Knocked Loose: You Won’t Go Before You’re Supposed To review – hardcore punk’s dark stars go supermassive

Knocked Loose: You Won’t Go Before You’re Supposed To review – hardcore punk’s dark stars go supermassive

The previous release from Kentucky metalcore quintet Knocked Loose was 2021’s A Tear in the Fabric of Life, a six-song horror story about a car crash that kills the driver’s partner, sending the driver increasingly mad with grief to the point where they dig up the corpse, have sex with it and then kill themselves to be permanently alongside their former lover. If anything, the follow-up is heavier.

A bright node in today’s wonderfully diffuse hardcore punk scene, Knocked Loose formed in 2013 and, via viral shows at US festivals such as Coachella and Bonnaroo that respectively drew kale-enamoured influencers and larky stoners into their circle pits, have built a sizeable buzz. This third album is the glorious sound of a band duly cutting the catapult’s cord and launching themselves into a different league.

Onward from the blast beat and lung-emptying roar that kicks off opener Thirst, You Won’t Go Before You’re Supposed To brings together some of the densest elements in music (high-speed kick drums, distorted guitars, glottal screaming) and – in a production masterclass from Drew Fulk, AKA Wzrd Bld – gives them gigantic mass, resulting in music that overshadows everything with its vastness: the “eclipsing weight” sung about on the single Suffocate.

They end up doing the opposite of what plenty of heavy bands do when they approach the mainstream, which is to sacrifice the less easily palatable parts of their sound with a view to not freaking out the masses. Knocked Loose’s genius is to use pop to intensify their songs and raise the stakes: this is their most melodic, verse-chorus-verse album (relatively speaking) and yet that sense of shape means their songs are more clearly terrifying.

So many elements distinguish the band, beginning with frontman Bryan Garris, whose boyish looks and high-pitched voice undo any alpha-macho associations to roaring and riffing: “Time is dead, but still it moves!” he yelps with rising panic on Piece By Piece, as if regarding a tarantula scurrying up his arm. Two-part suite Moss Covers All/Take Me Home has a house “clenched in the teeth of endless rain, barren moor”, and gothic settings like these frame songs full of Job-like struggle against an uncaring or actively violent world: Slaughterhouse 2 denounces an America of “total war driven by the lower class … one mutilation under God”.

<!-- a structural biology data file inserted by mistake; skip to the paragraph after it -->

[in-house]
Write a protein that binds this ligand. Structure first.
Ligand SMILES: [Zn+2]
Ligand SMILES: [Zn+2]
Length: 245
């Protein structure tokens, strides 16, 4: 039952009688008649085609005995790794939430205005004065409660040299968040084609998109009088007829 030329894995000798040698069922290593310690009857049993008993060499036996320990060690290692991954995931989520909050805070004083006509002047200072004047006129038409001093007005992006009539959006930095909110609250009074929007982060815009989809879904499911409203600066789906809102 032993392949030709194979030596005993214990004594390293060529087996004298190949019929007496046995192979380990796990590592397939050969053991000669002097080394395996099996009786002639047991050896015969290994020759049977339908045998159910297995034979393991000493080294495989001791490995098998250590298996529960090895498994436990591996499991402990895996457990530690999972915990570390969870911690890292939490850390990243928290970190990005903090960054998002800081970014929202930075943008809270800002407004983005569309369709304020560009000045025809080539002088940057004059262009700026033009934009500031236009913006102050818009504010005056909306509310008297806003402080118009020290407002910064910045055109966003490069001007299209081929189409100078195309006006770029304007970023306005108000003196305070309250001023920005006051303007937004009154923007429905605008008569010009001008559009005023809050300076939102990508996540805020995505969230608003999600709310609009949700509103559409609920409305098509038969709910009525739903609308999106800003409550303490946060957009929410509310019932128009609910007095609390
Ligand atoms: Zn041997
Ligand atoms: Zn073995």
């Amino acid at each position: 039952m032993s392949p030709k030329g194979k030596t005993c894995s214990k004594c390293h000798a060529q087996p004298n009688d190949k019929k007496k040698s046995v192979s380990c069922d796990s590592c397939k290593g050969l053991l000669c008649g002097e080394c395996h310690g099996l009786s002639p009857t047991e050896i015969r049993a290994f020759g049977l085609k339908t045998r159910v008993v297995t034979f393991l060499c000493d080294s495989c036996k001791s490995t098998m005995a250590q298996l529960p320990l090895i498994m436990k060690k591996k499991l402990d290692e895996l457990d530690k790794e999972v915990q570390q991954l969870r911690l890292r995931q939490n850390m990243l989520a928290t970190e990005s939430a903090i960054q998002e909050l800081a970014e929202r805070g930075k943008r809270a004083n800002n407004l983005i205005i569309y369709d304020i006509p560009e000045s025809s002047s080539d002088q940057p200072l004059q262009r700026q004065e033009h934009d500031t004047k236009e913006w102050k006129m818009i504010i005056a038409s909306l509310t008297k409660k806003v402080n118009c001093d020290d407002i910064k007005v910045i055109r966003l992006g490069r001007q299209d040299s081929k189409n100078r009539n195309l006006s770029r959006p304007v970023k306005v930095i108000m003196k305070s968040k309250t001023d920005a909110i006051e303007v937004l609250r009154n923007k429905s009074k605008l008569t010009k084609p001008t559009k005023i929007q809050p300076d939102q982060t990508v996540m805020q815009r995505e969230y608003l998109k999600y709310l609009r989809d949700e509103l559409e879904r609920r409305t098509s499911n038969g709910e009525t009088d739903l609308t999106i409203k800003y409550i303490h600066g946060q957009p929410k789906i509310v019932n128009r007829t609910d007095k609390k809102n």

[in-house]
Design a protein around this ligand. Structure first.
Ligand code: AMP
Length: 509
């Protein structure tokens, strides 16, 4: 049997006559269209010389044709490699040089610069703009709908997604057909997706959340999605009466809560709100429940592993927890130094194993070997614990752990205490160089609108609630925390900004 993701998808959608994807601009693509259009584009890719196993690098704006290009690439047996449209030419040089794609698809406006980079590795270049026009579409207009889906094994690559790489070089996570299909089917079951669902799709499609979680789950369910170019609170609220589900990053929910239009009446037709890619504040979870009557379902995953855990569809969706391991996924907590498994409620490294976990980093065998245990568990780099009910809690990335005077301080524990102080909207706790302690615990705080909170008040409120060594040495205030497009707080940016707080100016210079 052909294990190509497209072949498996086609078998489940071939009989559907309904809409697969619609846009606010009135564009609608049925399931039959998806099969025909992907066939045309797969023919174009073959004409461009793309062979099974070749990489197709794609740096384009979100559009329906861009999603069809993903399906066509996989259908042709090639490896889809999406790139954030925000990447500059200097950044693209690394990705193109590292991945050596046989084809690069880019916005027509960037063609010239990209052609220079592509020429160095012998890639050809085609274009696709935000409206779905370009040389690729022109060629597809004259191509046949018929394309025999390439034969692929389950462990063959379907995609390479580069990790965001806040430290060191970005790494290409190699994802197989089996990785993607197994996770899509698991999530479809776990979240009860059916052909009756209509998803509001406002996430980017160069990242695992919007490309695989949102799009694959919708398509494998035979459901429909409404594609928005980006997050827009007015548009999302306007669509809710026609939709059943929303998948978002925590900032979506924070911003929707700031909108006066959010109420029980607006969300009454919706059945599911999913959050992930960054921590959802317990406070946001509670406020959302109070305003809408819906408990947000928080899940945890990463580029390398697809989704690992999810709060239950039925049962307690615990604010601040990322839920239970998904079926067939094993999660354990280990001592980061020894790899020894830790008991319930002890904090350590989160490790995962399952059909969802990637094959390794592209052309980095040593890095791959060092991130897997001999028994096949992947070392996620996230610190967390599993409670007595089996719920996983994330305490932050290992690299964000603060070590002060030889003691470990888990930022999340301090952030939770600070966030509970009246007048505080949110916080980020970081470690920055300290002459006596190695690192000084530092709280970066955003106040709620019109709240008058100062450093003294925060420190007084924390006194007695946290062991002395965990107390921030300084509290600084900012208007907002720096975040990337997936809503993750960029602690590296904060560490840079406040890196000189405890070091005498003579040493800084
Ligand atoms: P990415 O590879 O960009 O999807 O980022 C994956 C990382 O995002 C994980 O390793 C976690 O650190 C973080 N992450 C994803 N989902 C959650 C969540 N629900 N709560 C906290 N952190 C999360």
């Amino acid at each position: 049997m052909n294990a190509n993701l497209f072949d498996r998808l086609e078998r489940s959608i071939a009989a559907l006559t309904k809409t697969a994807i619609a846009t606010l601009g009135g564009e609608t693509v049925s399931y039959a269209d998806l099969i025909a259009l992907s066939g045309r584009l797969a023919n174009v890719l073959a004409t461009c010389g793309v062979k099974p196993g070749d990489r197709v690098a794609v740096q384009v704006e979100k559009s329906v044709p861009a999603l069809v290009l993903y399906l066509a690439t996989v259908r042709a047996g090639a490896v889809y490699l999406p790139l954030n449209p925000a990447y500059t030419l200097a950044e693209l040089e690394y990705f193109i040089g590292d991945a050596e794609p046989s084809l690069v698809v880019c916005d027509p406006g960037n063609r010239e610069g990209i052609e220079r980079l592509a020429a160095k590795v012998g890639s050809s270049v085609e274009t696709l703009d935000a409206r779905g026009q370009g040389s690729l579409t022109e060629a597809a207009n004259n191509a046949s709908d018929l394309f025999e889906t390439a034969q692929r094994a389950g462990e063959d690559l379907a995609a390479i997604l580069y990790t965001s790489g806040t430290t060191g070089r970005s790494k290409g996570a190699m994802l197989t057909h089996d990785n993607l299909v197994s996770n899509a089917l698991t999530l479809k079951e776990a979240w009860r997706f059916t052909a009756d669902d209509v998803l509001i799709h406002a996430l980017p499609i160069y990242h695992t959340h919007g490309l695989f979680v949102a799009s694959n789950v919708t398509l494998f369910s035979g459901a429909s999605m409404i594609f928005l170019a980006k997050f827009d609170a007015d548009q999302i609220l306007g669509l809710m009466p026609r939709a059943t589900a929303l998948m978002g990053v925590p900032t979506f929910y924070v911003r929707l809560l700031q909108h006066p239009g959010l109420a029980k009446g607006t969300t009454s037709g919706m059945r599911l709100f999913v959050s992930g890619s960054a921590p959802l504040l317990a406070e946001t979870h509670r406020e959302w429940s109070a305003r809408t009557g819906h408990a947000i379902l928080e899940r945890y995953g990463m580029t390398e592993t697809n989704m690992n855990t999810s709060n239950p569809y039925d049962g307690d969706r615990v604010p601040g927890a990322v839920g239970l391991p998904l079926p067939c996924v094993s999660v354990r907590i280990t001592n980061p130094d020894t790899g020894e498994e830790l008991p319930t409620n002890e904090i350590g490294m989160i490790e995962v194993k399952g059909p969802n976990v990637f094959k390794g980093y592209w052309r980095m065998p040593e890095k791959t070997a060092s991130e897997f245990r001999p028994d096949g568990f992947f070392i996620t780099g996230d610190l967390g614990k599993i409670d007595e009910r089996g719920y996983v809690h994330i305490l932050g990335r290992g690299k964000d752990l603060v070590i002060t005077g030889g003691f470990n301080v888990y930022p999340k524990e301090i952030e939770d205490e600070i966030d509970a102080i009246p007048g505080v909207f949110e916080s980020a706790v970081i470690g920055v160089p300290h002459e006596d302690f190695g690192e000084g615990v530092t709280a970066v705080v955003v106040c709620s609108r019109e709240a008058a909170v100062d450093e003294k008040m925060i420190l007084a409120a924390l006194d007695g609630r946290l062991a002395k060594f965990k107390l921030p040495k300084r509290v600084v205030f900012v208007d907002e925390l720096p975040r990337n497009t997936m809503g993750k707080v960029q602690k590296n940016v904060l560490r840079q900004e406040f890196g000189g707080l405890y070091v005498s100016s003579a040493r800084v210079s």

The Old Testament quality to the sermonised storytelling is offset by Garris’s denunciation on Blinding Faith – “with my final breath, I deny the church” – and a phantasm that seethes back at him: “Bend the knee, son of God!” The cover art features a glowing crucifix, but Garris has said it “can symbolise anything that constantly towers over you and pulls you back in: death, depression, addiction”.

Knocked Loose: You Won’t Go Before You’re Supposed To album coverView image in fullscreen

The guitar tone, smeared across each song in downward arcs, is singularly, gorgeously horrible, and Knocked Loose are also rhythmically brilliant. Lots of bands of their ilk do clever time-signature trickery or groove-metal, but rarely both, and even more rarely with as much funk. Suffocate has an astonishing megaton-reggaeton breakdown; drummer Kevin “Pacsun” Kaine gives The Calm That Keeps You Awake some hip-shimmying Latin percussion fills before the band suddenly hare off at breakneck hardcore pace.

A certain measure of enjoyment comes from the expertise in these shifts, like watching a Red Bull-branded mountain biker negotiate a particularly hairy spine of rock, but it’s so much more than showing off. The rhythmic choices enhance Garris’s spiritual-existential crises, such as when Piece By Piece slows in its final phase, Garris dragged down in the quicksand of his mental strife.

They have always had headturning samples – early song Deadringer abruptly ends with smooth 80s soft rock, while A Tear in the Fabric of Life had snatches of the Beach Boys, Appalachian folk and the sound of a shovel in earth. Here, the band deepen the drama with more of these flourishes. The sound of buzzing flies – above a corpse? – features throughout, while the monumental blackgaze closer Sit & Mourn has a voice, degraded and lo-res, uttering “Why’d you leave?” before the song suddenly crashes back in again: a moving summation of the suddenness and totality of grief.

For all its immediately bracing energy, You Won’t Go Before You’re Supposed To is an indulgently rich record that keeps revealing more on double-digit listens. And at various moments, just when you thought it couldn’t get any heavier, it does. Take Blinding Faith, which seems as chaotic, fast and loud as speakers or headphones can countenance, and then, as Garris screams the title words, doubles in weight. Being crushed underneath this album is one of the great musical experiences of the year.

This week Ben listened to

House of Protection – It’s Supposed to Hurt
More quality noise here: the debut single from the US duo, produced by ex-Bring Me the Horizon whiz Jordan Fish, is a thrilling pell-mell blur of breakbeat cyberpunk.